BROOKLYN, N.Y. — More than 100 people were hurt Wednesday when a Long Island Rail Road train hit a bumping block at Atlantic Terminal in Brooklyn and was knocked off the tracks during the morning commute.
As of 10:15 a.m., the injury count stood at 103, all of them non-life threatening, according to the FDNY. That figure is expected to change as officials remain at the scene and evaluate commuters who were on the train.
The worst injury reported is a possible broken leg, Gov. Andrew Cuomo said at a morning news conference.
The minor derailment happened about 8:30 a.m. on Track 6 at the terminal.
The train from Far Rockaway, Queens, hit a bumping block at the end of the track where the train is supposed to stop, causing one truck and one axle to "run off the rails," Cuomo said.
"It was a train that didn't stop when it was supposed to. (It) hit the bumping block at a fairly low rate of speed," the governor said, adding that it's unclear how fast the train was traveling at the time of the crash.
He called it a "relatively minor accident, luckily."
Still, it was a chaotic scene for hundreds of commuters during the height of the weekday rush.
Passenger Rebecca Bazzey was on her way to work and usually exits at Atlantic Terminal. As she approached her stop, she told PIX11 News, she was "thrown" and suffered a head injury and that the sudden jolt happened without warning.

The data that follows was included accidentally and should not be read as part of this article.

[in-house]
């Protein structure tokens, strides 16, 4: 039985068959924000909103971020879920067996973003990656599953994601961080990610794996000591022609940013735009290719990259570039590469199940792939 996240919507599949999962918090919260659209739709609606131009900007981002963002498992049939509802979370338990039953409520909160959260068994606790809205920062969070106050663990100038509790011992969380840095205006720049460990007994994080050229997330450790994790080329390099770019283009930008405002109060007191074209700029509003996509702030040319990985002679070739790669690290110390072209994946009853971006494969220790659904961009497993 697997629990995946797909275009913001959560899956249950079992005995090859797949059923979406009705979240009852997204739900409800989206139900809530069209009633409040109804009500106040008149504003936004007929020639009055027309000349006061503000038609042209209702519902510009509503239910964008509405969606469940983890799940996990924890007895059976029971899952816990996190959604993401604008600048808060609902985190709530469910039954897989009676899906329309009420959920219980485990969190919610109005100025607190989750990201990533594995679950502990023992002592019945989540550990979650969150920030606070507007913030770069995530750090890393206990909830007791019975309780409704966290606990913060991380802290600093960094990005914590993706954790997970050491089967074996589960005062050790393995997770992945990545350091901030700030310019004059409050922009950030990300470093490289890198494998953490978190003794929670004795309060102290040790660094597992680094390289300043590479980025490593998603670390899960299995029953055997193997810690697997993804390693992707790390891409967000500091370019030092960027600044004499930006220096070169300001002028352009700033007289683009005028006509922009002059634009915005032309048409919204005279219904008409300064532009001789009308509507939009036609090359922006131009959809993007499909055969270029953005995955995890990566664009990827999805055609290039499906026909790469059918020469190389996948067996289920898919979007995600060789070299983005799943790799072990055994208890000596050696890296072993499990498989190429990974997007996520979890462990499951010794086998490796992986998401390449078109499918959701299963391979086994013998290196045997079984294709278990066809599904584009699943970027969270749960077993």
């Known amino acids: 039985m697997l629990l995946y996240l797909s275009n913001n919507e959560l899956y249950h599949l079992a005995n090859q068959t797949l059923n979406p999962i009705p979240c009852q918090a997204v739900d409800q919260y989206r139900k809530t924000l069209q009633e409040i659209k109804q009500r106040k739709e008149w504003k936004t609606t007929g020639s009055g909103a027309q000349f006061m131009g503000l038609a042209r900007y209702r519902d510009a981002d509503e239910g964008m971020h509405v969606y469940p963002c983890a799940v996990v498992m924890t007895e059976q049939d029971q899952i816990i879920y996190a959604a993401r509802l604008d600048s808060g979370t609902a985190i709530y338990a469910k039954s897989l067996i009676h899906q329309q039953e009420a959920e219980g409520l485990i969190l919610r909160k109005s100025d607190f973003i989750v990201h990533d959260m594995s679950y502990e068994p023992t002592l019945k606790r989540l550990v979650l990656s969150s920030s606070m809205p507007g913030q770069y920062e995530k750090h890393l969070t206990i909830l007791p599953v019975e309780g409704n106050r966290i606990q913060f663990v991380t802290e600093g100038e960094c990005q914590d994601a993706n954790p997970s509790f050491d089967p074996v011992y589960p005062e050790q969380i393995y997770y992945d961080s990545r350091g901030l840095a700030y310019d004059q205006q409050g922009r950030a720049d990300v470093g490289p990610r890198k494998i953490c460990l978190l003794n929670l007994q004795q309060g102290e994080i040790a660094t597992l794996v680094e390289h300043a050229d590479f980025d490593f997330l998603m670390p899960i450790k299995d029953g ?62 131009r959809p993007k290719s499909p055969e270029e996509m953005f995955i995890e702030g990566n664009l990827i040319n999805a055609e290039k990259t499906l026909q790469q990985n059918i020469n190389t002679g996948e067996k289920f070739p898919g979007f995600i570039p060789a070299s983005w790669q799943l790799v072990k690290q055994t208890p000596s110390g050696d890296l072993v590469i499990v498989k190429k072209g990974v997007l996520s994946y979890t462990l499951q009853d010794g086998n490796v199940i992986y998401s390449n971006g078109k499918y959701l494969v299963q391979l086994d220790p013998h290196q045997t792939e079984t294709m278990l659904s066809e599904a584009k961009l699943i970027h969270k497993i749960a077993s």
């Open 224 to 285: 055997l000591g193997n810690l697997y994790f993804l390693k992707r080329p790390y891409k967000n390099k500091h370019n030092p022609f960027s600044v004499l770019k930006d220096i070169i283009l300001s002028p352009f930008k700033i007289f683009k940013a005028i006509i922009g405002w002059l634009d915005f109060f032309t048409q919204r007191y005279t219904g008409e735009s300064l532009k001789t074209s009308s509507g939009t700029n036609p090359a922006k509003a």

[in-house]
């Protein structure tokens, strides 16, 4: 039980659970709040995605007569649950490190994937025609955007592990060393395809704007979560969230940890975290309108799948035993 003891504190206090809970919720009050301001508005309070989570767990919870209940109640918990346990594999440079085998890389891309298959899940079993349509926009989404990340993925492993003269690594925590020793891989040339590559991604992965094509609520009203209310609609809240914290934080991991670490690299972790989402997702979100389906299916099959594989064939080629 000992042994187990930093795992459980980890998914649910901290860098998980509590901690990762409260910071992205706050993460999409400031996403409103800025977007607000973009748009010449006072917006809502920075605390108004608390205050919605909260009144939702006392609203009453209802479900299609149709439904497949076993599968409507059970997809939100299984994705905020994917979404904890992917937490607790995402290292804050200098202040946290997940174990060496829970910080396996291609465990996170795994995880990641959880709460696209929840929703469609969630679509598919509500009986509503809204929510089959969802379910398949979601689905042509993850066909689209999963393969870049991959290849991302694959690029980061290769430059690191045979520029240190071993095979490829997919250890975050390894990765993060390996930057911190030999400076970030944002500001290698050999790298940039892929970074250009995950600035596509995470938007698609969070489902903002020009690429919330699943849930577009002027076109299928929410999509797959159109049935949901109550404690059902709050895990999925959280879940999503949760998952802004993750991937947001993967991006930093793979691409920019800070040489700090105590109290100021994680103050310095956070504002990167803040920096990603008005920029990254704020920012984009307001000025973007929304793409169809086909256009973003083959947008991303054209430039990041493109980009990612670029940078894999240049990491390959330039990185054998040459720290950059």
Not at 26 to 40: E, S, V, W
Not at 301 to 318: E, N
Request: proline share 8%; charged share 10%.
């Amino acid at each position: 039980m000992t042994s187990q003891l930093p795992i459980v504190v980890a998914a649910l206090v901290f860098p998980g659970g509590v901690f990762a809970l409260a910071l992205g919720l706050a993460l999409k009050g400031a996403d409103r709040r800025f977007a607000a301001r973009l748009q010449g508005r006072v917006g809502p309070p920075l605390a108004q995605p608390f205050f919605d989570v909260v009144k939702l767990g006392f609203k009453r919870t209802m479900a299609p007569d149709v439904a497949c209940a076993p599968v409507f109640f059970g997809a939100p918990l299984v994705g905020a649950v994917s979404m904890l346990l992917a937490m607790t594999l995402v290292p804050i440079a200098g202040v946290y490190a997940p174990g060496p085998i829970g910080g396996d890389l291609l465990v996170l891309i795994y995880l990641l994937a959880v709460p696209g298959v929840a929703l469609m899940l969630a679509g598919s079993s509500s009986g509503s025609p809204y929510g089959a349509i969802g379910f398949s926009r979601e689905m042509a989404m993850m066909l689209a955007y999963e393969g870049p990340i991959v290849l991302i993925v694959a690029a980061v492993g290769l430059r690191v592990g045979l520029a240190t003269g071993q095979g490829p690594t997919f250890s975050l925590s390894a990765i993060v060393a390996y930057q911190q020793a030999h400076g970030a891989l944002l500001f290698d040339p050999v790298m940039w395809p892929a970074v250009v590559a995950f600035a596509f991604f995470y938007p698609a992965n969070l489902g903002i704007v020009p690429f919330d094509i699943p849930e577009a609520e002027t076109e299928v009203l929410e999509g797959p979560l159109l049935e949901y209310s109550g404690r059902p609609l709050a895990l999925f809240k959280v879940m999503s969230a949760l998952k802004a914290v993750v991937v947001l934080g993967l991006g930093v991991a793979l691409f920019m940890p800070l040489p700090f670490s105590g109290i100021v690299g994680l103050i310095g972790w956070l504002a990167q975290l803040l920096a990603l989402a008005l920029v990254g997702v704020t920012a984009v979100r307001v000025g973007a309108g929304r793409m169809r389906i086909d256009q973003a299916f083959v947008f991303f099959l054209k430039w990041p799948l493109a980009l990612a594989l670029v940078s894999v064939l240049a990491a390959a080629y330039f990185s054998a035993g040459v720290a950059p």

A major transit hub, Atlantic Terminal services the LIRR and close by the Atlantic Avenue-Barclays Center subway station services the Nos. 2, 3, 4 and 5, and D, N, R, B and Q trains run.
LIRR commuters are warned to anticipate delays into and out of Atlantic Avenue due to the derailment. Service is expected to resume Wednesday afternoon, MTA chairman Tom Prendergast said.
As of 10:25 a.m., subway service was not impacted by the derailment. Roads near Atlantic and Flatbush avenues were closed, NYC Emergency Management said.
The National Transportation Safety Board (NTSB) said it will send a "go-team" to investigate the incident and determine the cause.
Just about three months ago, NTSB investigators arrived at Hoboken Terminal in New Jersey after a commuter train smashed through a bumper block, injuring hundreds of people and killing a woman who was standing on the platform.
In that case, the train barreled into the station at double the 10 mph speed limit. During the investigation it was determined the engineer suffered from undiagnosed sleep apnea.
From the scene of the Atlantic Terminal derailment, Cuomo said the two crashes are very different.
"Hoboken was much worse," Cuomo said.
That fatal crash revived calls for positive train control, technology designed to automatically stop a train before certain types of accidents happen, which the New Jersey Transit train was not equipped with.
About 15 of LIRR's 580 trains have PTT with full implementation scheduled for 2018, according to a quarterly report from the Federal Railway Administration. It's unknown if the train involved in Wednesday's incident was equipped with PTT.